Obesity and income inequality in OECD countries

Research output: Chapter in Book/Report/Conference proceedingChapter

Abstract

Countries of the Organization for Economic Cooperation and Development (OECD) exhibit substantial increases in both income inequality and obesity prevalence since the 1970s. Income inequality may affect obesity through increased psychosocial distress, concentrated poverty, erosion of social cohesion, and inadequate policy interventions. Substantial variations appear in estimated obesity prevalence across OECD countries in 2010. Particularly important are the United States and Mexico, which lead OECD countries in current obesity rates, income inequality, and the pace of increases in obesity prevalence over time. When both countries are included in the analysis, differences in obesity prevalence are more related to differences in income inequality than to differences in absolute income across these countries. This association between income inequality and obesity prevalence virtually disappears when both countries are excluded from analysis. So far, limited research exploring the association between income inequality and obesity has not yielded conclusive, unequivocal findings.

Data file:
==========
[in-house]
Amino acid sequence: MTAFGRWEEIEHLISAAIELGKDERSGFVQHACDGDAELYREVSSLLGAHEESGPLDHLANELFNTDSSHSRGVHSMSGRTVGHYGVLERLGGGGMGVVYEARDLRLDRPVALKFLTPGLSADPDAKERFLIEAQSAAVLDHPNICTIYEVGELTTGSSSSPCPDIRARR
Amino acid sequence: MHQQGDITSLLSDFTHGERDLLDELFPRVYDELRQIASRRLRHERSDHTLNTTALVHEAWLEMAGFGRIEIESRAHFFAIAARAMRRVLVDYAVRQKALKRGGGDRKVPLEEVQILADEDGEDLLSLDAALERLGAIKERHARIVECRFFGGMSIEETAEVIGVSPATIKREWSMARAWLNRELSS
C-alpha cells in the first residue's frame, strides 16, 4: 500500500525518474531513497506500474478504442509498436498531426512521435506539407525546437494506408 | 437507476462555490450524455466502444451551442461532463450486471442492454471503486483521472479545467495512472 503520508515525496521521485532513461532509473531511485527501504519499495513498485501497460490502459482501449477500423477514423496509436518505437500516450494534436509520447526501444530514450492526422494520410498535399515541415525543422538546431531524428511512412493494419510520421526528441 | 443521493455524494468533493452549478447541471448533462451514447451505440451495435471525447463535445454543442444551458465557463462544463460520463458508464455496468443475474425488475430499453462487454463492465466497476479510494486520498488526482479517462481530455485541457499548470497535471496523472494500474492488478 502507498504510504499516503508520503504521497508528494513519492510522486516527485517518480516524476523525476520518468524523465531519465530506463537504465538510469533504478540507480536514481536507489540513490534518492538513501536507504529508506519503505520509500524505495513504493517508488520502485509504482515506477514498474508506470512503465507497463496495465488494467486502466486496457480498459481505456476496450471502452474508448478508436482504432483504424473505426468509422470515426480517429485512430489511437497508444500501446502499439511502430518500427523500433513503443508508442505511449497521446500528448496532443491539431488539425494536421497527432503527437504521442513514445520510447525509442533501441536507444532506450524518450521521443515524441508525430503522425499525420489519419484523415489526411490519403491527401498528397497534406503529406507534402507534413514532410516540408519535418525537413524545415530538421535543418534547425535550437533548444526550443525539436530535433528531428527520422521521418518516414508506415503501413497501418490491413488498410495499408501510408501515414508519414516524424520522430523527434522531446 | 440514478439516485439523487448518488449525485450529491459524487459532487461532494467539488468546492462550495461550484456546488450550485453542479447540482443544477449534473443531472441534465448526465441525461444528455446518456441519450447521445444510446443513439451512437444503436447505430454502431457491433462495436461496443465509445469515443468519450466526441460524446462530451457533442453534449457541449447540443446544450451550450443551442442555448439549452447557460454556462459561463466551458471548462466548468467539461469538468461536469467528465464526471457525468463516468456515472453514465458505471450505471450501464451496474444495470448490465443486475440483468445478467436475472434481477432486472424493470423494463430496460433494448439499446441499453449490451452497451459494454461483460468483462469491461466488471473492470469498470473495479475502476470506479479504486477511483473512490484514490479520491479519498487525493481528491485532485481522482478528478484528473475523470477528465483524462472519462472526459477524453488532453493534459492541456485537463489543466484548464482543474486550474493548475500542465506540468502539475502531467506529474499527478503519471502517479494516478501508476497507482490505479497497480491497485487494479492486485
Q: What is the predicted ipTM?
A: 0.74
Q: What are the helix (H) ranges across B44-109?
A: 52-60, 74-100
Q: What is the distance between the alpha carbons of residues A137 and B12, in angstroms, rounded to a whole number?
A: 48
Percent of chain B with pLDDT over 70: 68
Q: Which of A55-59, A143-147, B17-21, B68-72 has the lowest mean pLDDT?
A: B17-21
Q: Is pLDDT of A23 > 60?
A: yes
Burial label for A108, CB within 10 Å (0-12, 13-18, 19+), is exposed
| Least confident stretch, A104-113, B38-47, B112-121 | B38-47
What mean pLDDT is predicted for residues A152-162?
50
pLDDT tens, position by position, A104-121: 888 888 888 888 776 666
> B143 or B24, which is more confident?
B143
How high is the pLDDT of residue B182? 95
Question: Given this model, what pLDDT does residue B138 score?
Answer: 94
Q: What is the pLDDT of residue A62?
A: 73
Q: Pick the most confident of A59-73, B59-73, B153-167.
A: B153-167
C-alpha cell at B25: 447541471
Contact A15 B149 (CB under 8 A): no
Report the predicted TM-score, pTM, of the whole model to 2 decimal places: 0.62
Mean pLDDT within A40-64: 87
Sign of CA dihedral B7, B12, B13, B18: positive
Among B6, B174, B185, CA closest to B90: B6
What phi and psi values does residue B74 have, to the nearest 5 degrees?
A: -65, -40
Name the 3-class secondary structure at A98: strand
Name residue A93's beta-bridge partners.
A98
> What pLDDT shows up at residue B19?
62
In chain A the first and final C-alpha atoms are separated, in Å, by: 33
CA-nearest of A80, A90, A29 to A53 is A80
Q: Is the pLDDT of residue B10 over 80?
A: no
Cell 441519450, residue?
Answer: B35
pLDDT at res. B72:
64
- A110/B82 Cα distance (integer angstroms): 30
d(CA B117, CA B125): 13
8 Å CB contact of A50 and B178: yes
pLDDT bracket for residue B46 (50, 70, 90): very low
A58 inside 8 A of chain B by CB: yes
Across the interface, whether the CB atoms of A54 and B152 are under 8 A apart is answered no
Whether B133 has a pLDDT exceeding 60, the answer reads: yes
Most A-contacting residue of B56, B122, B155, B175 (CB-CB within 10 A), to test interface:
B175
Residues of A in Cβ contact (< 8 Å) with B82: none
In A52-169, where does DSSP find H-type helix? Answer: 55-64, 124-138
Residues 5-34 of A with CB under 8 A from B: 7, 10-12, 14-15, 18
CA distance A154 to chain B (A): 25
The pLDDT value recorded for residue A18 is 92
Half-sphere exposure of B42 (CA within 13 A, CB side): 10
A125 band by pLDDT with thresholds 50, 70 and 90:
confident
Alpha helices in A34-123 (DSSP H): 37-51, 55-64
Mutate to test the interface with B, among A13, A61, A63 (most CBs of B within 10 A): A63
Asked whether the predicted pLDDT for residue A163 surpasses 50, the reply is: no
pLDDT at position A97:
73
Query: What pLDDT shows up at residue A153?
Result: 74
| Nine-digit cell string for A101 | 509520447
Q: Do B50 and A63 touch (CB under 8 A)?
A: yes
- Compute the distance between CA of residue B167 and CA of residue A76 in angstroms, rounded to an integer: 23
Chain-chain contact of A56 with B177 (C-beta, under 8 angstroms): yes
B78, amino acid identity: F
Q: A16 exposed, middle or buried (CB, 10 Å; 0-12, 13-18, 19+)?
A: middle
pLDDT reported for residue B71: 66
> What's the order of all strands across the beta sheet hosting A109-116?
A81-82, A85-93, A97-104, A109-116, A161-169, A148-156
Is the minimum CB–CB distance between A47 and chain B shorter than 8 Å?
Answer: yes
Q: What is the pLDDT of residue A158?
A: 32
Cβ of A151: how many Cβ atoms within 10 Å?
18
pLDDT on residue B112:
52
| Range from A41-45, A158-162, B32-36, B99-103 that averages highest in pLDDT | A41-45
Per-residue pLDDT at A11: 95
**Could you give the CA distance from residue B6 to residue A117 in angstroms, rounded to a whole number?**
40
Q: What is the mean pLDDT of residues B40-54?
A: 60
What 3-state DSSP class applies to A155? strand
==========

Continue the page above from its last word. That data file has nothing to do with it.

Original languageEnglish (US)
Title of host publicationThe Oxford Handbook of Economics and Human Biology
PublisherOxford University Press
Pages485-500
Number of pages16
ISBN (Electronic)9780199389292
DOIs
StatePublished - Aug 6 2015
Externally publishedYes

Keywords

  • Income distribution
  • Income inequality
  • Mexico
  • Obesity
  • OECD countries
  • United States

ASJC Scopus subject areas

  • Economics, Econometrics and Finance(all)
  • Business, Management and Accounting(all)

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